Cardiac arrest is a serious medical event in which the heart suddenly stops beating. It affects approximately 356,000 Americans each year, according to the American Heart Association. Immediate medical treatment is crucial to increasing the chances of survival. Recognizing the signs of cardiac arrest is important, and a recent study from the Smidt Heart Institute at Cedars-Sinai Health System has identified the most common symptoms that occur in the 24 hours before cardiac arrest.
The study, published in Lancet Digital Health, analyzed data from 823 people who experienced cardiac arrest and a control group of 1,171 people who reported symptoms but did not have a full arrest. The study found that at least one of four symptoms – chest pain, shortness of breath, excessive sweating, and seizure-like activity – was reported in half of the participants who had cardiac arrest.
The most common symptoms varied by gender, with chest pain being more common in men and shortness of breath being more common in women. However, it is important to note that these symptoms are not exclusive to cardiac arrest and can be associated with various cardiovascular diseases.
Dr. Anais Hausvater, a cardiologist at New York University Langone Heart, cautioned against discounting any early signs of cardiac arrest or cardiovascular disease based solely on this study's findings. She emphasized that symptoms such as fatigue, dizziness, palpitations, and general chest discomfort should not be ignored and that anyone experiencing cardiac-sounding symptoms should seek immediate medical attention.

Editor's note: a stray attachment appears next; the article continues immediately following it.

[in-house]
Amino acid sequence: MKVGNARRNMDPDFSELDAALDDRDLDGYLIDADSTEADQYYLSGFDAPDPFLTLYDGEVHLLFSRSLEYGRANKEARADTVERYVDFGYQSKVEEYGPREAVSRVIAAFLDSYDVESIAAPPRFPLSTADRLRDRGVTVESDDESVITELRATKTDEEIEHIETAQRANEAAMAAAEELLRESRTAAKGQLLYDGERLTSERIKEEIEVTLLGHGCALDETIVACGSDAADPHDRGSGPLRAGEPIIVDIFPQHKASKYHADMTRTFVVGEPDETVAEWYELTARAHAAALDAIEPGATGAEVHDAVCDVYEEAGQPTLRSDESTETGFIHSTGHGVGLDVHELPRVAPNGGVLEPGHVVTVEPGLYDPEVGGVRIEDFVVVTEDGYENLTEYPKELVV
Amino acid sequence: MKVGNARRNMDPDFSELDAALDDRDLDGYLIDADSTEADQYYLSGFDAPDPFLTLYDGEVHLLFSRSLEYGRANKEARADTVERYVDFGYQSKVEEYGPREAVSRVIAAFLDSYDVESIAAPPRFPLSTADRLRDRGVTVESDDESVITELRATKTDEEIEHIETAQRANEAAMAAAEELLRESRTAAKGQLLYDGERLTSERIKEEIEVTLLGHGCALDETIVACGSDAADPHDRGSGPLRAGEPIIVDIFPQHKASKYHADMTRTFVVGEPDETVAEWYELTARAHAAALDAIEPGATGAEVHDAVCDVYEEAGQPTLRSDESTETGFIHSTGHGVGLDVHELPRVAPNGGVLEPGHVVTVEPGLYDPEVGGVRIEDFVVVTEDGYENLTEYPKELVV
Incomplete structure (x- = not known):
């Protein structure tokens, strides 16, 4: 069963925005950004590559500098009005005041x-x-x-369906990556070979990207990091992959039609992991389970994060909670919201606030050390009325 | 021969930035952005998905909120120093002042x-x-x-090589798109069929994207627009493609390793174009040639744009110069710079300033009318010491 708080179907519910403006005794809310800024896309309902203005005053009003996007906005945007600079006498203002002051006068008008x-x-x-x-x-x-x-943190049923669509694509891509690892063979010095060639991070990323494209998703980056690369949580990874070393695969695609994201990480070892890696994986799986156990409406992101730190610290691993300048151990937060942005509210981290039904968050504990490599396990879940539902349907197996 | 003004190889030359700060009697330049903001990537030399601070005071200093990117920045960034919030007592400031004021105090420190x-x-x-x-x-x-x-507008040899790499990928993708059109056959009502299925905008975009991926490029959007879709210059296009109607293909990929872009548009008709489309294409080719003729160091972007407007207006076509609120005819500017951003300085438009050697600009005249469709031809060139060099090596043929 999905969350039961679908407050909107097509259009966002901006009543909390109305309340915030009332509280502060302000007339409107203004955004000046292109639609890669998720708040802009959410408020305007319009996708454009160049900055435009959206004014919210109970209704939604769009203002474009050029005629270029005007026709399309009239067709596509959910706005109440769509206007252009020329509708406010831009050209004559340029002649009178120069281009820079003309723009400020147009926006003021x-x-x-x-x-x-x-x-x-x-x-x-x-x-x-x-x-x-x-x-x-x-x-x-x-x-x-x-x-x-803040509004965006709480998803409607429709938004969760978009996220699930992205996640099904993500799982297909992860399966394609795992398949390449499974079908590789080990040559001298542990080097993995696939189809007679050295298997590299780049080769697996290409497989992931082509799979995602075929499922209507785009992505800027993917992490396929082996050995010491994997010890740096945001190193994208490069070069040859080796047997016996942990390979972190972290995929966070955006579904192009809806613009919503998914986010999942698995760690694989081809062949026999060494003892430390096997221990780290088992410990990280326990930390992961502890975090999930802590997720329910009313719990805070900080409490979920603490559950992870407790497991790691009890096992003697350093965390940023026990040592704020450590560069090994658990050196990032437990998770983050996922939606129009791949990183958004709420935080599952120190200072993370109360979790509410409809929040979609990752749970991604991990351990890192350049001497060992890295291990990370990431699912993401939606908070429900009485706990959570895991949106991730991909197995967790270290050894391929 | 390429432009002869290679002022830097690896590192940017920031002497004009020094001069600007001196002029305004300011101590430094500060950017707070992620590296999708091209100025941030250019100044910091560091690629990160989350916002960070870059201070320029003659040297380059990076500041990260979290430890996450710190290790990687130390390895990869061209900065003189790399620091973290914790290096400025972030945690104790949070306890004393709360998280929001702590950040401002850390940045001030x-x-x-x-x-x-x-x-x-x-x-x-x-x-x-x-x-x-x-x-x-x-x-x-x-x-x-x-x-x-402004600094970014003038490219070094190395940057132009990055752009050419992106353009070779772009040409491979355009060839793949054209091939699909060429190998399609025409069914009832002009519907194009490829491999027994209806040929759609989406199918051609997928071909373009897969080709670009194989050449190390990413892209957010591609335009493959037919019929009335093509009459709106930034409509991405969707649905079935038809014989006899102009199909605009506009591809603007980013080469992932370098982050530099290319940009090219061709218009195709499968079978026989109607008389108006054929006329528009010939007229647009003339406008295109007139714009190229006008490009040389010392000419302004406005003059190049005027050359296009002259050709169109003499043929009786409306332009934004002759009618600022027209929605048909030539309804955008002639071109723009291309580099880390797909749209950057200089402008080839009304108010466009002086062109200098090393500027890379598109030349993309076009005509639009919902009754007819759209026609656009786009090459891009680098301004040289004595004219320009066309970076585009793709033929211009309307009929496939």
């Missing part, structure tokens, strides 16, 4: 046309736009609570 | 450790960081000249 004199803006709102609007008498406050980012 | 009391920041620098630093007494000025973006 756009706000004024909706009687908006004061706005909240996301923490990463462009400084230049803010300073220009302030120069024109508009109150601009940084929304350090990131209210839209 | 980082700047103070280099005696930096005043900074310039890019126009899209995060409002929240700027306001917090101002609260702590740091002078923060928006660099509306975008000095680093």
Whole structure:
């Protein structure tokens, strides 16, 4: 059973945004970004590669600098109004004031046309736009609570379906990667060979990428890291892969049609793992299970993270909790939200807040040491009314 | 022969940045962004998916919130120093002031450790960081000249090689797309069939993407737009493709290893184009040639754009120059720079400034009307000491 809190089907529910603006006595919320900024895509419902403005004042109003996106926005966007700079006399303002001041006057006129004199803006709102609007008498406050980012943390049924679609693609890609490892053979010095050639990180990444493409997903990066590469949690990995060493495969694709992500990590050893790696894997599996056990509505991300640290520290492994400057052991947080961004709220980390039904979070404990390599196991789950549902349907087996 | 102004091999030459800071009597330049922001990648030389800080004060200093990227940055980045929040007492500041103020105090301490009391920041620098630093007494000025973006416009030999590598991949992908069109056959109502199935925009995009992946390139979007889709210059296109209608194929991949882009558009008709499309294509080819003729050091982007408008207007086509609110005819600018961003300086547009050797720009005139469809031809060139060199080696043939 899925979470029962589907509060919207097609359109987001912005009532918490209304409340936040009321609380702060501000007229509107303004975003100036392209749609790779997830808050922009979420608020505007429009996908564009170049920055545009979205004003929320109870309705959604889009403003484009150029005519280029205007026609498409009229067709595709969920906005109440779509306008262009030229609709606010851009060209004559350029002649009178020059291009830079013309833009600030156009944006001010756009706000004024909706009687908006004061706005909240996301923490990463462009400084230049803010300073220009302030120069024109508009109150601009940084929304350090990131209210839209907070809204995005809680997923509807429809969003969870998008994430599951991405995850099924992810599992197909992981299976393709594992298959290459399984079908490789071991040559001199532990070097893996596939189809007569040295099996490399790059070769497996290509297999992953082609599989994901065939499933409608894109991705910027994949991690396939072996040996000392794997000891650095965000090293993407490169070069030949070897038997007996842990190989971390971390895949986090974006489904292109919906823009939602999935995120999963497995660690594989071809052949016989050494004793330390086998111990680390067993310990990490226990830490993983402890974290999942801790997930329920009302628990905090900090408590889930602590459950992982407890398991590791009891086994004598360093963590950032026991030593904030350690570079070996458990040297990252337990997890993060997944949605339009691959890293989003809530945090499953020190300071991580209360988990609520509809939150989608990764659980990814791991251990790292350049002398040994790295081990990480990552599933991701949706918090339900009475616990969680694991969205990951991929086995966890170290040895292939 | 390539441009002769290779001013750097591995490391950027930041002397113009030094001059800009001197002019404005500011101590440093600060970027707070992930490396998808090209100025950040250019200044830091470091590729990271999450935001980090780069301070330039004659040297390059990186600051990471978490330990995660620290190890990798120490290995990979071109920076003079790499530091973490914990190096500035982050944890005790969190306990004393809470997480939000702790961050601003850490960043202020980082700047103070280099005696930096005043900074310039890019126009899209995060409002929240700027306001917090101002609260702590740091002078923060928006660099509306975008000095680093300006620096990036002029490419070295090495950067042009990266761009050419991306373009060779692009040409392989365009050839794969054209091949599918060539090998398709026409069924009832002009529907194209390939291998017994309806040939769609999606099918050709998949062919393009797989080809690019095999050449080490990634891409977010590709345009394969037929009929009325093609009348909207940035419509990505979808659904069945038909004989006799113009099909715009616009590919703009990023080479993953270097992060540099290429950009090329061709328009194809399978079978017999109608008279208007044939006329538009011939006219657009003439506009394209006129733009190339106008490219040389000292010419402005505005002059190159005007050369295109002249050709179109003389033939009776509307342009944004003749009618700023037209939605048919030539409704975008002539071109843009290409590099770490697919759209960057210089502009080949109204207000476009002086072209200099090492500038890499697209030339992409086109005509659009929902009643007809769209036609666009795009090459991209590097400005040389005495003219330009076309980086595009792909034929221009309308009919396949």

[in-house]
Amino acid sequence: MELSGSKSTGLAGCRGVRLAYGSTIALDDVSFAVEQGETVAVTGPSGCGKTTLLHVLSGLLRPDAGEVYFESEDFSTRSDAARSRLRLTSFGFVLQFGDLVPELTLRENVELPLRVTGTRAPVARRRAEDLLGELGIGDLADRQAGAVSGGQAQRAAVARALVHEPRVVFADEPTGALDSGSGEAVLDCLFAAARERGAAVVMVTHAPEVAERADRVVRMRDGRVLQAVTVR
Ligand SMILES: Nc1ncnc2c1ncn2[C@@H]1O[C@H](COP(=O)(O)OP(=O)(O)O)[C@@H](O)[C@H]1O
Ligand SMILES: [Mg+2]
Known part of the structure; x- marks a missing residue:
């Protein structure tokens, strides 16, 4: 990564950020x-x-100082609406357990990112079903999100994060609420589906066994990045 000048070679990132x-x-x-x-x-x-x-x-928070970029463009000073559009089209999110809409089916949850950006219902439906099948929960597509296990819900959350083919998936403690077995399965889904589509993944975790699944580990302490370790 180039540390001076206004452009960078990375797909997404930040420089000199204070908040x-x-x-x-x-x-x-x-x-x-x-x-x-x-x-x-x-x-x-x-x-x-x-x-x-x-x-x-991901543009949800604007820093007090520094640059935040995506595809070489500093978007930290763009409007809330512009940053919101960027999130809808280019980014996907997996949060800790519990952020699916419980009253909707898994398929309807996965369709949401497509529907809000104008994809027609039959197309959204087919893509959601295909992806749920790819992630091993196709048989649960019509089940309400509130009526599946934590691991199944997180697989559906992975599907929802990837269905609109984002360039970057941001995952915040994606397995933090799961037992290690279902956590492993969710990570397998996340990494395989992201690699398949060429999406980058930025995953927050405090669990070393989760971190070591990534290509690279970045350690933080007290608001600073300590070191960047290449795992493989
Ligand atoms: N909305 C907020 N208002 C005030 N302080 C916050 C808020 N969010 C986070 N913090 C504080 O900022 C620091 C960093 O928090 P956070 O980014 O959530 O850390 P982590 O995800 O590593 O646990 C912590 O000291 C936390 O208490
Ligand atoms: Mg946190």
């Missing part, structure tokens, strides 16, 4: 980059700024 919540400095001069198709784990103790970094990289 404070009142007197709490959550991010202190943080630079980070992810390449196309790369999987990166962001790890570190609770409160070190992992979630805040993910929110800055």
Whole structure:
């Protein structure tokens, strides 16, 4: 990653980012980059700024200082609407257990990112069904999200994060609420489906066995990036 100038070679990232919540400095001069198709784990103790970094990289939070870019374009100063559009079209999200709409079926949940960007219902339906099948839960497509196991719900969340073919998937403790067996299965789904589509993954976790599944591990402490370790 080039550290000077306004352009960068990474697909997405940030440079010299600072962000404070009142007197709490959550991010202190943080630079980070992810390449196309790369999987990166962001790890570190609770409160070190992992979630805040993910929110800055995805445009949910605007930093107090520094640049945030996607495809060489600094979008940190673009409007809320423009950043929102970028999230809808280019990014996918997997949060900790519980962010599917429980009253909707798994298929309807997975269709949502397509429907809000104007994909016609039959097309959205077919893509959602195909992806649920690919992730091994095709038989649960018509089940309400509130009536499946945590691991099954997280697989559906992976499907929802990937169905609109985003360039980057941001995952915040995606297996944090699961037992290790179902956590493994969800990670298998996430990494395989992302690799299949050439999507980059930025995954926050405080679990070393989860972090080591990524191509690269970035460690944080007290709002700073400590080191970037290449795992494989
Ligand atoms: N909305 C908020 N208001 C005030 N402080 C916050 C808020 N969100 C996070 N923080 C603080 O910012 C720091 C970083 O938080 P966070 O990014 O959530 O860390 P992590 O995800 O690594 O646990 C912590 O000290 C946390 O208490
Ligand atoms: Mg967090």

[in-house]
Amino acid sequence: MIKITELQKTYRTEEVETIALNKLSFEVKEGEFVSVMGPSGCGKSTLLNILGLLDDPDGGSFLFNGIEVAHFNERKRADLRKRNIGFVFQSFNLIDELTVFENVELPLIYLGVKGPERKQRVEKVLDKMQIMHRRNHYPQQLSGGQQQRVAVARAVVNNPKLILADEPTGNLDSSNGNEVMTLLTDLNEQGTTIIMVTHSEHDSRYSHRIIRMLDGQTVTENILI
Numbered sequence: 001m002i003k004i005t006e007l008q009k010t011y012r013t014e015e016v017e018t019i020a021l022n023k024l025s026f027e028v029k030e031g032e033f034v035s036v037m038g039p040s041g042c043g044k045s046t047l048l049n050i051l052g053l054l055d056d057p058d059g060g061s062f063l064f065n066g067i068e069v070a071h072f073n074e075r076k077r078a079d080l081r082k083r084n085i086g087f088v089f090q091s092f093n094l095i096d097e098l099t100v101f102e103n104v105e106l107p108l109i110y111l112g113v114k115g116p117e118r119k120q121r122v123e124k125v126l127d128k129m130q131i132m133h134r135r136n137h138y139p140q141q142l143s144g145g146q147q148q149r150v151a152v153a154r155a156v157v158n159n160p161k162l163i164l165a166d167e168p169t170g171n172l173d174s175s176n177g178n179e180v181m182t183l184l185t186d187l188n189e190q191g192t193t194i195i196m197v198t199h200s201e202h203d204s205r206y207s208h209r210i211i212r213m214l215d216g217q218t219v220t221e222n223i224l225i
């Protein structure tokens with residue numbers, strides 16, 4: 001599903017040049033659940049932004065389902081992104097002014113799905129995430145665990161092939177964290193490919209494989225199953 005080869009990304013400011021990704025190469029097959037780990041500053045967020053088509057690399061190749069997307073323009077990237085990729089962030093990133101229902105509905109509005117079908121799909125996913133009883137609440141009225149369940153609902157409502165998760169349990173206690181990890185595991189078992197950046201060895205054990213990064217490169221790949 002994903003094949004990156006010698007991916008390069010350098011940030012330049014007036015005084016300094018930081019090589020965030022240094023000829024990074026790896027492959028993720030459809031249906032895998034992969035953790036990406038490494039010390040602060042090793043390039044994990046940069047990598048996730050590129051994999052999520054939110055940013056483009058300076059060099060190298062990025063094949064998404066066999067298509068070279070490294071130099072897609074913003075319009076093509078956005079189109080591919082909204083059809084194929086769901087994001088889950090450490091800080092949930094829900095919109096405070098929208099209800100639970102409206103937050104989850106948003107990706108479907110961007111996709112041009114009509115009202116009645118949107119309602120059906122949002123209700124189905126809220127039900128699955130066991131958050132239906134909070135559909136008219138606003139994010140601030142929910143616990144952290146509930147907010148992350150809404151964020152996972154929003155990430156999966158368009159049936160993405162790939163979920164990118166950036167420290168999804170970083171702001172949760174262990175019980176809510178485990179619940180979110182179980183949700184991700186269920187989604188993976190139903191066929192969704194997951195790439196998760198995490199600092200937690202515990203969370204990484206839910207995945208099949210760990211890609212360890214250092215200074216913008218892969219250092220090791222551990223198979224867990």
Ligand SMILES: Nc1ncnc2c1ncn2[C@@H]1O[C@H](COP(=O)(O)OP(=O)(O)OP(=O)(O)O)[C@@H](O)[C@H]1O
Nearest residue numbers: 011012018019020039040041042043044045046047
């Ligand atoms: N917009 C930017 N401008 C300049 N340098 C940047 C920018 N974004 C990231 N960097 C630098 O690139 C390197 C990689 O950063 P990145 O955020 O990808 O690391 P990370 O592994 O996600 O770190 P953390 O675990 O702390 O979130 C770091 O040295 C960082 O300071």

Dr. Joseph Marine, vice director of operations for the division of cardiology at Johns Hopkins Community Physicians, acknowledged the study's limitations, including the fact that it only included data from cardiac arrests witnessed by bystanders or EMS personnel. Other limitations include potential errors in reporting symptoms and the study's timing during the COVID-19 pandemic, which may have affected symptom presentation.
In conclusion, it is essential to be aware of the potential signs of cardiac arrest, including the common symptoms identified in the study. However, it is important not to solely rely on these findings and to seek medical attention for any concerning cardiovascular symptoms. Taking care of oneself through healthy lifestyle choices, regular check-ups, and learning CPR can also help reduce the risk of cardiac arrest and improve survival rates.